Three agribusiness leaders, with over 70 years’ combined service to co-operatives, were recognised at last night’s Cooperative Business NZ awards.
The co-op says it will provide emissions profiles of its 10,000 supplier farms using data the farmers provide annually.
The profiles will be similar to nitrogen reports provided to Fonterra farmers for the past six seasons. They will be free and farmers will not be required to provide extra information or have a farm audit.
The dairy co-op believes on farm reporting will help show its leadership and progress against external targets.
Fonterra director for on farm excellence Charlotte Rutherford says a key part of achieving emissions reductions is clearly understanding where farmers stand today.
“New Zealand farmers are already some of the most carbon efficient in the world. This has come about through significant research and investment, and a willingness and ability to adapt over time.
“We still have work to do, so getting a clear baseline for each farm will be central to moving forward. We are proud to be able to provide these emissions profiles at scale -- a NZ first – to our farmers.”
Fonterra says its approach to on farm sustainability is an aspect of its guide ‘The Cooperative Difference’. This makes it easier for farmers to know what is expected of them, and it recognises farmers taking steps to produce high quality milk more sustainably.
“We are committed to helping our farmers reduce their emissions through changes to their farming practices,” said Rutherford.
She says farmers have little understanding of the sources of greenhouse gas emissions on their farms and how to mitigate their emissions.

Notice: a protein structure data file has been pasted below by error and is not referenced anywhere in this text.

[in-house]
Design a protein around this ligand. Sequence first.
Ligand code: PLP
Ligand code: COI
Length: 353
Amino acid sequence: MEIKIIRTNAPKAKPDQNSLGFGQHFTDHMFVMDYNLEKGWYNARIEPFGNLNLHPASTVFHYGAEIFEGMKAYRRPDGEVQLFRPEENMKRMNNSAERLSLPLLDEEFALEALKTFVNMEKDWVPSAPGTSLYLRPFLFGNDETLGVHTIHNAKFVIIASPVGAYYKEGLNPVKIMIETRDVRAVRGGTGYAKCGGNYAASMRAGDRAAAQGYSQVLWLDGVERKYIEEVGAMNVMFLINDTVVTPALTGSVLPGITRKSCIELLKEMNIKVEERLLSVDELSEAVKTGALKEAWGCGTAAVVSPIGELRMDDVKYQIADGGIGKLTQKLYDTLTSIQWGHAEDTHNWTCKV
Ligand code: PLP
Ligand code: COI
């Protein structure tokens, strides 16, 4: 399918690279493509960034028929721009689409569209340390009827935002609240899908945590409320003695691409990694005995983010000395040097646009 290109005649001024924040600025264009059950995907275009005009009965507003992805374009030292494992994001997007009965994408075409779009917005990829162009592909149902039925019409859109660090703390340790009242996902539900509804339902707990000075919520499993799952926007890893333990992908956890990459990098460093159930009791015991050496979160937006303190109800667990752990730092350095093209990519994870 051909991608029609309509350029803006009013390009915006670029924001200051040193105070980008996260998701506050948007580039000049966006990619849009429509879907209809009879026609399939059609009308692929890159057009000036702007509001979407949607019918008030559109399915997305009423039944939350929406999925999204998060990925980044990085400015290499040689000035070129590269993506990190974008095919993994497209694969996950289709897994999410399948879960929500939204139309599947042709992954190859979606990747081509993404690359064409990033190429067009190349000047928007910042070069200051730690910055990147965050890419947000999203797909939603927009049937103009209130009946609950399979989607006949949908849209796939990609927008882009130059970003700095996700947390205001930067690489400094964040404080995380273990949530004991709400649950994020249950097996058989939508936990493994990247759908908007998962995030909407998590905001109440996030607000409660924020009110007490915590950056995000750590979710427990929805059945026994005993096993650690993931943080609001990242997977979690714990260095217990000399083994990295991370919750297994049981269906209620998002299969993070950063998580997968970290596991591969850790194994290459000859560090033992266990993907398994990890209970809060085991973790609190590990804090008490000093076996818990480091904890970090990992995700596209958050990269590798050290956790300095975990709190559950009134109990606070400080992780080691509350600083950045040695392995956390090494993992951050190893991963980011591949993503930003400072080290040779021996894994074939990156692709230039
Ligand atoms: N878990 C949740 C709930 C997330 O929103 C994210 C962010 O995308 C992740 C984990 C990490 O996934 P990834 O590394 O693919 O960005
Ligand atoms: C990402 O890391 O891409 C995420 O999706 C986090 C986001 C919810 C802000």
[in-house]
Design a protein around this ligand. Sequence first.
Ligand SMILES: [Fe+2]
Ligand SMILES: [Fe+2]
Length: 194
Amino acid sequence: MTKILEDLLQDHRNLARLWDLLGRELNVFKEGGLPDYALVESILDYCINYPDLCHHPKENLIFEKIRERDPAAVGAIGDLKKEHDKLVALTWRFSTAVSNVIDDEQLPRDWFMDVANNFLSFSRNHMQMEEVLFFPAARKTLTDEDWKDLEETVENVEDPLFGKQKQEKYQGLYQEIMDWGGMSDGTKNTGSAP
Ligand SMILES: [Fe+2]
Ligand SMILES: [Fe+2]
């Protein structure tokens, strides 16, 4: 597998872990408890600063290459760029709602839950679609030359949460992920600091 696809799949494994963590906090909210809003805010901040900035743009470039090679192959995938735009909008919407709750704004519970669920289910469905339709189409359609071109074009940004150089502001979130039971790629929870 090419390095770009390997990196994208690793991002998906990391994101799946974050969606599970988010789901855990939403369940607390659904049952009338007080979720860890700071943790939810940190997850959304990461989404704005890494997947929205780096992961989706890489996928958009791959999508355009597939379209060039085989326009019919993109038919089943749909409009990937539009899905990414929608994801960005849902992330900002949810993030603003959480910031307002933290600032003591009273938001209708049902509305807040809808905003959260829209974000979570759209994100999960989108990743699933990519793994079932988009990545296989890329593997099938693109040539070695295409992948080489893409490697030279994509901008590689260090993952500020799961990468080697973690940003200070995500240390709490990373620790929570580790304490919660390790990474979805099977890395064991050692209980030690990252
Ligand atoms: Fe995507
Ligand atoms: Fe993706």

In December 2018, the Biological Emissions Reference Group (BERG) found that 98% of farmers do not know their emissions and are uncertain what sort of mitigation strategies could be implemented. At least 40% of farmers did not know how to reduce emissions.
Meanwhile, Rutherford says the Dairy Action for Climate Change (DACC) is a project by DairyNZ, developed with Fonterra, to build a foundation for supporting dairy farmers and the wider dairy industry to address farm methane and nitrous emissions over the longer term.
In June 2017, under the DACC, Fonterra ran a pilot scheme with 113 farmers, each getting a biological greenhouse gas report. The farmers’ feedback was “exceedingly positive,” Rutherford says. At least 90% said the reports improved their understanding of biological greenhouse gases on farm.
No silver bullet
A Matamata farmer who chairs the DairyNZ Dairy Environment Leaders Forum, Tracy Brown, says there is no silver bullet for treating emissions from farms.
She says the industry needs to treat each farm uniquely – recognising its individual production system, climate, topography and location.
“On our farm we’ve done a number of things to reduce our emissions, but no one farm is going to have the same solutions as another.
“A significant NZ reduction will only come once all farms have done what they can, according to their individual production system, to reduce their emissions,” she explains.